China trademark registration is a different beast to that which you're accustomed to abroad.
As a foreign company who either has a functioning Chinese branch, or is considering starting a business in China soon, you must register your trademarks here too.
But if we already own the rights to our intellectual property and trademarks around the world, why must we go through the rigmarole and cost of registering trademarks separately in China?
A lot of this has to do with China's trademark laws, so let's dive into this and find out the truth about trademarks in China here...
Why China Trademark Registration Is Necessary
China operates a 'first-to-file' trademark registration system. Basically this means that unregistered trademarks are not recognised by the Chinese authorities, and can usually be registered by any individual or organisation if currently 'vacant.'
This offers foreign companies two big problems:
- If you are seeking to trade within China you may be forbidden from using your own trademarks
- If you're manufacturing in China only for export, your goods could be seized by customs for breach of trademark law
If this happens you can offer to settle with the local trademark holder to regain your own trademark, pay them a regular licensing fee in order to use 'their' trademark, or fight it out in court (which could take years).
Is it a fair system? Arguably not. However in China, we must often just accept the system for what it is, and try our best to operate efficiently within it.
Download our FREE eBook "An Introduction To China Trademark Registration" and learn why and how to protect yourself when doing business in China.
Can We 'Get By' Without Registering Our Trademarks In China?
When starting a business in China, registering trademarks here is a crucial part of the process.
Given that a company's IP is the backbone of who it is, we should not take the above news lightly.
Consider 'Nike' sports shoes. As consumers we know that this brand offers us high quality, modern design, great performance, and fashionable styles. Do we pay a premium for them? Yes. But we're prepared to do that knowing that we're getting the best on the market.
But what happens if, in China, other companies start producing inferior sports shoes using the Nike brand name? This would damage the brand, its reputation, and its ability to price its products at a level befitting their quality.
Of course, Nike has registered its trademarks in China (although its subsidiary 'Jordan' has fought, and lost, a very long and expensive court case over a perceived breach of trademark usage by Chinese company 'Qiaodan'), but if it hadn't, this shocking situation could actually have come to light.
Here are the companies' logos:
Qiaodan also happens to be the Chinese translation of the name 'Jordan,' but since it had been operating unopposed for several years before the true Jordan brand raised its claim the Chinese authorities allowed it to continue trading.
Thus today we see both Qiaodan and Jordan sports shoes for sale in the same sports stores here in China, and no, the Qiodan shoes don't even look very different (as you can see below) yet there is nothing Jordan can do:
So What To Do?
You first need to ascertain what you're going to need to register as trademarks.
The point of China trademark registration is to firstly head off any problems arising from others 'squatting' your trademarks (registering them ahead of you), and secondly to be able to manufacture or trade in China with complete peace of mind. >> Tweet This <<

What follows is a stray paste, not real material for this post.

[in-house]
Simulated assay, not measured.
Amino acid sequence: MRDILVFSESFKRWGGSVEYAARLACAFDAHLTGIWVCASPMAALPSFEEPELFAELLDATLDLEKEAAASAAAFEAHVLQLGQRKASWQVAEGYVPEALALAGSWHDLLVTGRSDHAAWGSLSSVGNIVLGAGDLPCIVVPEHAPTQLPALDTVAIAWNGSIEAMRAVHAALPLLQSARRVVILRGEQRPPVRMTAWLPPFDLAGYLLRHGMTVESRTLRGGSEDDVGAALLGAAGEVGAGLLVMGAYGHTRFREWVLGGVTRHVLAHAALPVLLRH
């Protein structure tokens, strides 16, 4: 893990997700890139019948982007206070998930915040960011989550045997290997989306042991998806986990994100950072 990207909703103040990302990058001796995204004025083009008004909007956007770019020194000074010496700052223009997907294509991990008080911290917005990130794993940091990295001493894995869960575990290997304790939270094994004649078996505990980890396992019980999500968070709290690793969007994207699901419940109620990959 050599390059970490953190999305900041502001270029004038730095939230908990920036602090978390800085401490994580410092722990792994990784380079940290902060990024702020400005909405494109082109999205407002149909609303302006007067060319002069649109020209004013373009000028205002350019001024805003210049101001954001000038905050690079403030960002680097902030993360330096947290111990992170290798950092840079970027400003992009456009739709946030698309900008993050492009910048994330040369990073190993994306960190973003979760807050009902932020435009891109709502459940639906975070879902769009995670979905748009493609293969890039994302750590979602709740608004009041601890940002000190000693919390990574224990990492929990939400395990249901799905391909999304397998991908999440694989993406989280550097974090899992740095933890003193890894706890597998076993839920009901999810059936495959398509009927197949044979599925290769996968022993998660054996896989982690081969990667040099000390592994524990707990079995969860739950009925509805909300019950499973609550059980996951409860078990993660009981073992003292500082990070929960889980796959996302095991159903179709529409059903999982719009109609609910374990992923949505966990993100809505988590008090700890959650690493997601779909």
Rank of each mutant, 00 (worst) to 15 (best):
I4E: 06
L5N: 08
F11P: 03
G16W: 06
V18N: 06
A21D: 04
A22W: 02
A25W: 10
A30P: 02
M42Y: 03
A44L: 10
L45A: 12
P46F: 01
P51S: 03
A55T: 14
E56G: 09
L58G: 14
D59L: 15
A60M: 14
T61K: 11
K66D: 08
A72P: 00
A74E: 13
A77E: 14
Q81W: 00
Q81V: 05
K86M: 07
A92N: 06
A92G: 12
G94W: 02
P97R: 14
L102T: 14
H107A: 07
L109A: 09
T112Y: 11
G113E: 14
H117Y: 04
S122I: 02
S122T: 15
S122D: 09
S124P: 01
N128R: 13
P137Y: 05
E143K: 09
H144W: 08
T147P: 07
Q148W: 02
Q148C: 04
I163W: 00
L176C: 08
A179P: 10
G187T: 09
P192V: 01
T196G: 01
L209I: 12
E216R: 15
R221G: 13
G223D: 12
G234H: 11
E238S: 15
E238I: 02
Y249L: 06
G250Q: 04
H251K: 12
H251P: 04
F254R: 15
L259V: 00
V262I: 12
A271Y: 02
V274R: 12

Typically you should consider registering:
- Your trademark in Latin characters (such as your English trademark)
- The direct Mandarin Chinese translation of this name
- Your logo
- Any very similar Chinese words or names that you may use, or would like to prevent being used by others
The Mandarin Chinese version of your main trademark, such as brand name, is the key trademark to register as it is the one most likely to be recognised, used, and spoken about in China itself. It may be that you would require local assistance to translate this, and it's also necessary to do a search in order to see if the option/s you plump for have already been registered.
Once you're good to go you can either:
- Register your own trademarks if you're already a functioning Chinese company (although this means handling all of the documents and procedure alone which is completely in Chinese, complex, and extremely bureaucratic)
- Outsource your registration to a licensed agency within China, such as Hongda Business Services, who will handle it for you (this is necessary if you have yet to set up a Chinese company, but are trying to pave the way for your venture by registering trademarks in advance, which of course is highly recommended)
Recap: The Truth About Trademarks In China
Don't operate in China without registering your trademarks here if you have intellectual property which, if squatted by others, could lead to damage for your business.
The truth about trademarks in China is that not only SMEs face this problem, as even larger and wealthier companies have been caught out in the past, as the Jordan example illustrates.
The best thing to do is, as soon as you know you will be coming to China to trade or manufacture, is to begin the China trademark registration process immediately from wherever you are abroad. You can wait until you're in China, but since the entire process takes Hongda's experts around 18 months and could take up to 2 years for others, it may be too late by then.
Do you have any questions or comments about registering trademarks in China?
Have you already done so, or are currently under threat because of trademark issues?
Please let us know by leaving your thoughts below!